Come and join us in Annika’s island world
A group of summer visitors wants to get from Marstrand to Skärhamn on the west coast of Sweden, so skipper Annika Kristensson of Gunnar’s Boat Tours is pretty busy. Her eyes are two slender, smiling strips under a dark fringe that has a little white in it.
“I love life out here on the islands. The nature of Bohuslän’s archipelago with its many islands, rocky slopes, cliffs, beaches, little harbours and multitude of wildlife is infinitely beautiful. To be able to show visitors where we live and see it through their eyes is awesome. I love those meetings,” she says.
Annika came to Dyrön, just north of Marstrand, when she was 19 years old with the intention of working here for a couple of years. But that’s not how things panned out. A couple of years here turned into a life: a whopping 27 years as a matter of fact, with a husband and two daughters and as owner of Gunnar’s Boat Tours. When she and her partner took over Gunnar’s Boat Tours, she also gained her skipper’s certificate. If you’re going to live on an island with 200 inhabitants, you have to be able to do everything for yourself.
“I actually hold a Bachelor of Commerce. But when you’re running a shipping company, it’s handy to be able to pilot a boat as well. You have to be a jack of all trades to live out here. Versatile. Running Gunnar’s Boat Tours involves me in everything from doing the orders to sending out invoices at the end of a trip. Having responsibility for everything from the ordering to the experience itself is the key to success and ensuring that people have a good time out here.
“If the service we offer doesn’t come up to scratch, you’ll know straight away, and that’s embarrassing. So we can’t afford to fall short.”
Annika’s archipelago is only an hour away from central Gothenburg and it’s easy and affordable to reach using public transport. In fact, you can use the same ticket you use on Gothenburg’s trams on some routes out to the archipelago. There are lots of options, not bad, right?“Some visitors believe that travelling to the archipelago’s islands will be difficult, but it’s not. Boats come out here every day throughout the year – summer and winter. In fact, you can even do a spot of island hopping.”
She’s also grateful that the coast is so open: not just in the sense of being open to the sea, but also in the sense that it’s available for all to enjoy. “Foreign visitors often think that our beautiful places and beaches must be private, but that’s not the case. They’re here for everyone – it’s just a case of helping yourself,” she says. “So, be our guests!”
See killer whales and dolphins
Aside from transporting people to and from Gothenburg and around the islands, Annika tries to tell them what they can see and do out in the archipelago. It’s a delight. “We see dolphins, seals, seabirds and wild sheep on our trips around the archipelago, and we’ve recently seen killer whales to the north of Käringön. You can fish too, of course; it’s simply a matter of casting your rod from the rocks.”
There are also many locations to take a dip.
“Lots of places are suitable. Just get out there! But what’s really nice is that you can find your own private bathing spot by paddling out in a kayak, for example.”
She reels off the bathing spots: Hala, Risö, Åstol, and many more besides. There are so many nice trails to wander along as well. The thousands of people living on the islands aren’t just spoilt for good bathing areas, she explains. Mussels, lobster, crayfish, oysters and huge shrimp sandwiches will all end up on their dinner plates. And it’s all hauled up within feet of the front door. It’s such a privilege.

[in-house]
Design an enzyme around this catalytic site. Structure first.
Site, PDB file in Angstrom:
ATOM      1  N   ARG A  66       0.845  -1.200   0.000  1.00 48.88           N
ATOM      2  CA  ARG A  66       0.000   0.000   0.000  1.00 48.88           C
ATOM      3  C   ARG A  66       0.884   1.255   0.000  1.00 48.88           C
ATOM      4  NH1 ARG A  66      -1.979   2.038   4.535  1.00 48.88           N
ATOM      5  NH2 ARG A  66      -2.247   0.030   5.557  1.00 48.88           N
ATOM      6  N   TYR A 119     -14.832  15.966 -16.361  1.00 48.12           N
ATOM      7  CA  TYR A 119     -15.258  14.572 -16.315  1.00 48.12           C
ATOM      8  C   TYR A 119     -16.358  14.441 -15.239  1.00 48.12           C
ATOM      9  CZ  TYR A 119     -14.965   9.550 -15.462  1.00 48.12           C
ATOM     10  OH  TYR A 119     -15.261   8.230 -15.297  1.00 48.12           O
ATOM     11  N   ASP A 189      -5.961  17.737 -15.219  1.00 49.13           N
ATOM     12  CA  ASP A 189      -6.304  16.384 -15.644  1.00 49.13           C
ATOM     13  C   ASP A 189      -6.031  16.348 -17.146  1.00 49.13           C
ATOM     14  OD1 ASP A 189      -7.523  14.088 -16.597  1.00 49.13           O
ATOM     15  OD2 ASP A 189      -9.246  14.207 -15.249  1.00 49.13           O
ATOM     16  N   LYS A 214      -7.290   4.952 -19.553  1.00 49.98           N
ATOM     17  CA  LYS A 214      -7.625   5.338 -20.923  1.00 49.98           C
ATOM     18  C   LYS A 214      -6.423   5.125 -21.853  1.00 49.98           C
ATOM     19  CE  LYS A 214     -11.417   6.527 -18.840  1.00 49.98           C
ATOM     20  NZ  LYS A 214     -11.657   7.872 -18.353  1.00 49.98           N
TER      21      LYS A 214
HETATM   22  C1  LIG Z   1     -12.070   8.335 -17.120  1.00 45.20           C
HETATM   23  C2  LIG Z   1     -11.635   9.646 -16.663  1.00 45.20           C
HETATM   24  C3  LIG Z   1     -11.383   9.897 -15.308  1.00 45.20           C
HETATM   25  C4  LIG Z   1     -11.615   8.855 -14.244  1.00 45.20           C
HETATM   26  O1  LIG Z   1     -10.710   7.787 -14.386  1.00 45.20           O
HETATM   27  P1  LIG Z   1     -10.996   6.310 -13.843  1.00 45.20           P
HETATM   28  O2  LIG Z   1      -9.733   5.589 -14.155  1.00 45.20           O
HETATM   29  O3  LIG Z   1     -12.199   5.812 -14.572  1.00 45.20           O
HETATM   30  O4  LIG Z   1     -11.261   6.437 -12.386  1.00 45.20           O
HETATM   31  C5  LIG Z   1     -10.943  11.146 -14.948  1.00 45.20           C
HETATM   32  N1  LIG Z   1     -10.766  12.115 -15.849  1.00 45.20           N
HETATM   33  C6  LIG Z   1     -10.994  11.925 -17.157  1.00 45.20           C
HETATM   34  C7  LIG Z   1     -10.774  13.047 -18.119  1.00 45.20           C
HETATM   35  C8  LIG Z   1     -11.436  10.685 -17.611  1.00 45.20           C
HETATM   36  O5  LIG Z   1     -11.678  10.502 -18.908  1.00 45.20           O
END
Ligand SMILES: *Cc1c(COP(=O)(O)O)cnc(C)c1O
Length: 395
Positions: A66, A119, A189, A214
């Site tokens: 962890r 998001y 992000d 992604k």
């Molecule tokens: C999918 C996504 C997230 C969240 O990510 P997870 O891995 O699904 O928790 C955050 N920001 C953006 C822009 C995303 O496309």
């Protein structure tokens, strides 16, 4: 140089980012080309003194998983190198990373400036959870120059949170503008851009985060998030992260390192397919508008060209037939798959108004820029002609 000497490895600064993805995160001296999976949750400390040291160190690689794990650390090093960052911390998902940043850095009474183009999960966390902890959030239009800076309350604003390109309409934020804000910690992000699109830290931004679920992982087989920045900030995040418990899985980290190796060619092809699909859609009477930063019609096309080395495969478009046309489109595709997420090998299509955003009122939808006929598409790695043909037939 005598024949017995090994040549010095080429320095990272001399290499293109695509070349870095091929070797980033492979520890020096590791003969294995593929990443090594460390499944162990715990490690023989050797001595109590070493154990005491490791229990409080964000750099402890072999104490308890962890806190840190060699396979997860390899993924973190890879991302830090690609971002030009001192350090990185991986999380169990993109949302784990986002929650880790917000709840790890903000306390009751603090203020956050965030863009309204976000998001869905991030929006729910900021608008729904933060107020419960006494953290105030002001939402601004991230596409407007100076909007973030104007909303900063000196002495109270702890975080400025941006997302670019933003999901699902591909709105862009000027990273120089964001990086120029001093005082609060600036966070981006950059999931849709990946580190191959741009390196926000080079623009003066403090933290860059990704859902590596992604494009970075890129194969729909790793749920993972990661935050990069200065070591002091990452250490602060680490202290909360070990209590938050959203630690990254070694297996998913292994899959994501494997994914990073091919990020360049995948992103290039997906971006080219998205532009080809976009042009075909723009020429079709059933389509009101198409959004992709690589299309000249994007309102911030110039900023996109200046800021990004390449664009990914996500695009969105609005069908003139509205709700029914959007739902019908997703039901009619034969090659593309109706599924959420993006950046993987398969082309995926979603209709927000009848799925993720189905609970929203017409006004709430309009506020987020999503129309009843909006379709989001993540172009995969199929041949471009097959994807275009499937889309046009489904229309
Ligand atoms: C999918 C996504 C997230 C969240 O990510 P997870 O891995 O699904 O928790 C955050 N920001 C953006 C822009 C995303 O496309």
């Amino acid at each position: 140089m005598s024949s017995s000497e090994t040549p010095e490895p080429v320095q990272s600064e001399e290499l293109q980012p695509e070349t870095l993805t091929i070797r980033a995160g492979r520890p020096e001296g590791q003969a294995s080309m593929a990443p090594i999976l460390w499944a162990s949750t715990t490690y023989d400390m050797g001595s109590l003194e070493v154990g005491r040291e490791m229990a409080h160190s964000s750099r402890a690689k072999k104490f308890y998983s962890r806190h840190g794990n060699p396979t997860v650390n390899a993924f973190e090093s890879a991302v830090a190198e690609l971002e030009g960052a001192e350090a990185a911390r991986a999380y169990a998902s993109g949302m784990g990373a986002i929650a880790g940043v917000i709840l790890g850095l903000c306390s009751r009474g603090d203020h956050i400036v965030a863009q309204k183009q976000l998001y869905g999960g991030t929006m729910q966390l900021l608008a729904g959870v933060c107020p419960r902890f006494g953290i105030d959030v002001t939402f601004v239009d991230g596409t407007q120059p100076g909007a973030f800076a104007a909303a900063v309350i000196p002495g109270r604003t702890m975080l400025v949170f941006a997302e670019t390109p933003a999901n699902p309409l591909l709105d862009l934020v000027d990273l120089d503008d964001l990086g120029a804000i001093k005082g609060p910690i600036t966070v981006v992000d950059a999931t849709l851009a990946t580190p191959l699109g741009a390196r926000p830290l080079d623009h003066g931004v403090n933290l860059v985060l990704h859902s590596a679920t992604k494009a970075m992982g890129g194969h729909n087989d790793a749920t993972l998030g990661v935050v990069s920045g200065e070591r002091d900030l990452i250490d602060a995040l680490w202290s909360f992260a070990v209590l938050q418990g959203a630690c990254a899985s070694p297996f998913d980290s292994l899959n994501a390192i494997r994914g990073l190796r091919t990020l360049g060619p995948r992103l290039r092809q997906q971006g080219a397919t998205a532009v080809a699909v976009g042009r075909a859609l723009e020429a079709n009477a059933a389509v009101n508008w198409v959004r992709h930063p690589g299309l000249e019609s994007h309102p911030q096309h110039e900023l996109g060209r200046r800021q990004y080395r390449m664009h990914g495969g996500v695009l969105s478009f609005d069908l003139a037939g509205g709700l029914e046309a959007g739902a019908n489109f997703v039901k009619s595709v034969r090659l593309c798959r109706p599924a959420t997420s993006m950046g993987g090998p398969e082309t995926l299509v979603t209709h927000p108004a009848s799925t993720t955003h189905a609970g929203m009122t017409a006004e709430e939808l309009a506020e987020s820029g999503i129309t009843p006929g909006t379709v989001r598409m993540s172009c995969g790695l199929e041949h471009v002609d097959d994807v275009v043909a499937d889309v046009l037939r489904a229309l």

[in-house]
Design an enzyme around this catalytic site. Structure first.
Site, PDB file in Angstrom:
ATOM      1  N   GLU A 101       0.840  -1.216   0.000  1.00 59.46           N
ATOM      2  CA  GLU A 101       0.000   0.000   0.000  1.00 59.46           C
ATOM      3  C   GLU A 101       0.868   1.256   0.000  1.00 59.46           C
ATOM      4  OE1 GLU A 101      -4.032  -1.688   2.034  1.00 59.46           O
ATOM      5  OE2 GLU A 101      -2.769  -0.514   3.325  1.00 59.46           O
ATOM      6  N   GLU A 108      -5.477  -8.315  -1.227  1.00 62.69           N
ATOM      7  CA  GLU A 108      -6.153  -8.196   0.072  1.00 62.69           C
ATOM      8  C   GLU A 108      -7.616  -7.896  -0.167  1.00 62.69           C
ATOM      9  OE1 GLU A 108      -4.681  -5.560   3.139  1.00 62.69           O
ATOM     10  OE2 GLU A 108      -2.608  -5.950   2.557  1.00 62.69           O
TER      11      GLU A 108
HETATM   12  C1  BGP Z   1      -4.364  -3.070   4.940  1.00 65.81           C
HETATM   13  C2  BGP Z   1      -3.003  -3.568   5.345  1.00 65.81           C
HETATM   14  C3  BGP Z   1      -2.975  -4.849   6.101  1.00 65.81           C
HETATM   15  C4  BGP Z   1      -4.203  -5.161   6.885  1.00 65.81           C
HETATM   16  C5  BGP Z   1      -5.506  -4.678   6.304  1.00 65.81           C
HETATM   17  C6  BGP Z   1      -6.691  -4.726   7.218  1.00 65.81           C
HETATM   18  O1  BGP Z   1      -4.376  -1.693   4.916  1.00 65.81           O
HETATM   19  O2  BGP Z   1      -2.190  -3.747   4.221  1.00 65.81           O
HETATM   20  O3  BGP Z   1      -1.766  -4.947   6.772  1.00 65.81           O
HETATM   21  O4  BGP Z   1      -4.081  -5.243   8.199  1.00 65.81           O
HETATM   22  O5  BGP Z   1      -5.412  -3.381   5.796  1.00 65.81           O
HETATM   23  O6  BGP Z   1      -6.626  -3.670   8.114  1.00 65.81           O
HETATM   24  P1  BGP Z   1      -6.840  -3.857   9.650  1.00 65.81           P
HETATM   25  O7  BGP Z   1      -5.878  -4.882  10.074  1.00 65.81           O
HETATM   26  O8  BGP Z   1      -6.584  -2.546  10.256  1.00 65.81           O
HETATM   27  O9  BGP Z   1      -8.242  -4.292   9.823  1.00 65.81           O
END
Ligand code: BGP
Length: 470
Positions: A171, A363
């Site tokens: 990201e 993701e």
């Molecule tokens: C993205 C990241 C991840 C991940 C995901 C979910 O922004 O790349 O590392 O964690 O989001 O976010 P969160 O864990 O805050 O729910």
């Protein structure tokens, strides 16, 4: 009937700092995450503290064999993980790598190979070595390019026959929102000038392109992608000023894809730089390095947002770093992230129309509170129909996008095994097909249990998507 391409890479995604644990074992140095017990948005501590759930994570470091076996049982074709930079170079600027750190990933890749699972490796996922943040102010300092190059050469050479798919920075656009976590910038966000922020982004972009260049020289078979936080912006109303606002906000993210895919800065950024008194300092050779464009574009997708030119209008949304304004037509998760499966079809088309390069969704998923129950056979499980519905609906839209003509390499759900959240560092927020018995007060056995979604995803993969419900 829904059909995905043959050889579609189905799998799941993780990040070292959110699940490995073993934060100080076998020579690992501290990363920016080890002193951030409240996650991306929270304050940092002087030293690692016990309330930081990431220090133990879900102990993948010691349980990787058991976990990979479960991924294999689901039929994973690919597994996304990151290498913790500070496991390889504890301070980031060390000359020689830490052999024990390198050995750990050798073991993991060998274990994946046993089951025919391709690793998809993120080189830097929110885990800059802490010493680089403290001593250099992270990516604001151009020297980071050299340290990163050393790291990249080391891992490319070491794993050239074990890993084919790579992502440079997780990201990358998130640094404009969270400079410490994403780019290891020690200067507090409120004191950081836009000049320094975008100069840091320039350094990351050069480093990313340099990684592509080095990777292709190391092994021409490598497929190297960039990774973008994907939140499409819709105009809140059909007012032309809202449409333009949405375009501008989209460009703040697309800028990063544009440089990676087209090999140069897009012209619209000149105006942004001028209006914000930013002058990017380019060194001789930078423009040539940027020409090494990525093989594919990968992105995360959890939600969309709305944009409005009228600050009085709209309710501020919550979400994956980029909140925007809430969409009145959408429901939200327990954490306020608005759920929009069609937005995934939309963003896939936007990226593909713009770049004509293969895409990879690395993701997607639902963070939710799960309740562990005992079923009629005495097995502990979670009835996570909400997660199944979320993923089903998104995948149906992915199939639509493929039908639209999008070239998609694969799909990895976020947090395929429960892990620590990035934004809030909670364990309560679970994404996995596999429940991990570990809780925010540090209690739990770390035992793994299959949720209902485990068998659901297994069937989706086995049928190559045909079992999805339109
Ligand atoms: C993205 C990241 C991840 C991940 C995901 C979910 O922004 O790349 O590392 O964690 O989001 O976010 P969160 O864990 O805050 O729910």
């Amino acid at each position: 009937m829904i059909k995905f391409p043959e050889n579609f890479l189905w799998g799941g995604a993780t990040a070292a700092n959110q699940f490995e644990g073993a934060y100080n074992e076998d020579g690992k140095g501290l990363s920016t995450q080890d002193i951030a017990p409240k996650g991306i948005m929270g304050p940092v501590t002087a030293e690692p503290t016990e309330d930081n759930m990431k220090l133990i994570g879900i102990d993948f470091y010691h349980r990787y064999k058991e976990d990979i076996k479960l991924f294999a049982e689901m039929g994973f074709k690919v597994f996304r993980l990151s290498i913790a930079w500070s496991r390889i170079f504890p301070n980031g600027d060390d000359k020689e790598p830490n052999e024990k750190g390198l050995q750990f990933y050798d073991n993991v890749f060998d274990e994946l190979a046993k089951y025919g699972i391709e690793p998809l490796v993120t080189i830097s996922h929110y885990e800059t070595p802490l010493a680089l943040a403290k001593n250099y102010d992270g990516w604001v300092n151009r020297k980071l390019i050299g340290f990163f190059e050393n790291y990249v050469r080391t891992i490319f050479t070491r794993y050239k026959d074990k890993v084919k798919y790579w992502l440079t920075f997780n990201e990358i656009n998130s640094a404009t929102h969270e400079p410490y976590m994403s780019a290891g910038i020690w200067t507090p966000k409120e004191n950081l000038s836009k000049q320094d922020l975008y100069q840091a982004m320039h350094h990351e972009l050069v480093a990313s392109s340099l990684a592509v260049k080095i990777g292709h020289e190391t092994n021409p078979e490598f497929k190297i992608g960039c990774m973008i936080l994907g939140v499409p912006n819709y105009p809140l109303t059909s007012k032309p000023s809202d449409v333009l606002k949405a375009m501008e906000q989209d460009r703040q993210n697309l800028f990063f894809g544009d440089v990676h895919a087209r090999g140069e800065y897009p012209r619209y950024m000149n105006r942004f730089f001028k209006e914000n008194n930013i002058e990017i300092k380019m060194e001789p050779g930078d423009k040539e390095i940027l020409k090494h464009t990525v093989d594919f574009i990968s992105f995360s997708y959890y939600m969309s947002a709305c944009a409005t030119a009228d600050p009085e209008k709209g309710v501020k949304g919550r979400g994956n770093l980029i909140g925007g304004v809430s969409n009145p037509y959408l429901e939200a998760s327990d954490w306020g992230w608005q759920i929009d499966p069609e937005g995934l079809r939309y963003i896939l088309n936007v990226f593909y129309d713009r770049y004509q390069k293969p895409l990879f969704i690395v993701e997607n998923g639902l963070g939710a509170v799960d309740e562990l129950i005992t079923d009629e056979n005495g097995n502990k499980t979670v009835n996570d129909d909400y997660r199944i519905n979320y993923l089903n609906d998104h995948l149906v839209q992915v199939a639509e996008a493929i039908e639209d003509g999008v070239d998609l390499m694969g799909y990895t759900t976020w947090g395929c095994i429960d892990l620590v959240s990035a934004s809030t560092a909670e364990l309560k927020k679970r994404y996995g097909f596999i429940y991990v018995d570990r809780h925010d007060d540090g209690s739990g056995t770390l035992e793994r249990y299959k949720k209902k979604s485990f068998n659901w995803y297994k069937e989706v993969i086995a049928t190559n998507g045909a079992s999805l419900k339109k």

“We’re really spoilt for good quality seafood out here. We can choose from restaurants Tenan at Grand Hotel Marstrand, Marstrands Havshotell or Salt & Sill. The summer pubs also offer a lot of good food and drink, and then in autumn, there are lobsters to be had.”
Experience the coast of contrasts
If Annika had to sum up her world in one word, it would have to be “contrasts”. “It can be both demanding and amazing to live here. But I like it. It’s in the ups and downs that I truly feel alive. If you haven’t been to the bottom, how can you get to the top?” she asks.
How is life out here demanding? “It can get really windy and cold. And living on an island requires a lot of planning.”
Her island has just a few hundred inhabitants, no cars, a handful of shops and one café. It’s beautiful and quiet in summer as well as in winter. “Getting out here in the middle of an autumn storm can be an intense experience too. More places have saunas now though, so you can get warm even when there’s a storm outside.”
Every day of the year she carries people from Gothenburg and the many islands in the archipelago. She knows every cliff and inlet, every harbour and inn. But naturally, she has her own “hideaway” – somewhere she is especially fond of. “Since I’m a Dyrön resident, it has to be there. We have a little beach at Hala that gets really baked by the sun during the summer. But it’s just as pretty in the winter. On a really glistening winter’s day, the sea looks just like a mirror in front of us. It’s so quiet you can feel it with your ears. We just sit there drinking coffee. There’s no finer place.”
Read more about how to travel to the archipelago: vastsverige.com/bohuslan/batluffa
The island of Dyrön, West Sweden
The tranquil island of Dyrön in the archipelago of Bohuslän, West Sweden.
Photo: Anna Hållams
The island of Dyrön, West Sweden
Photo: Anna Hållams
Signs along the boardwalk on Dyrön, West Sweden
Photo: Katja Ragnstam/VastSverige.com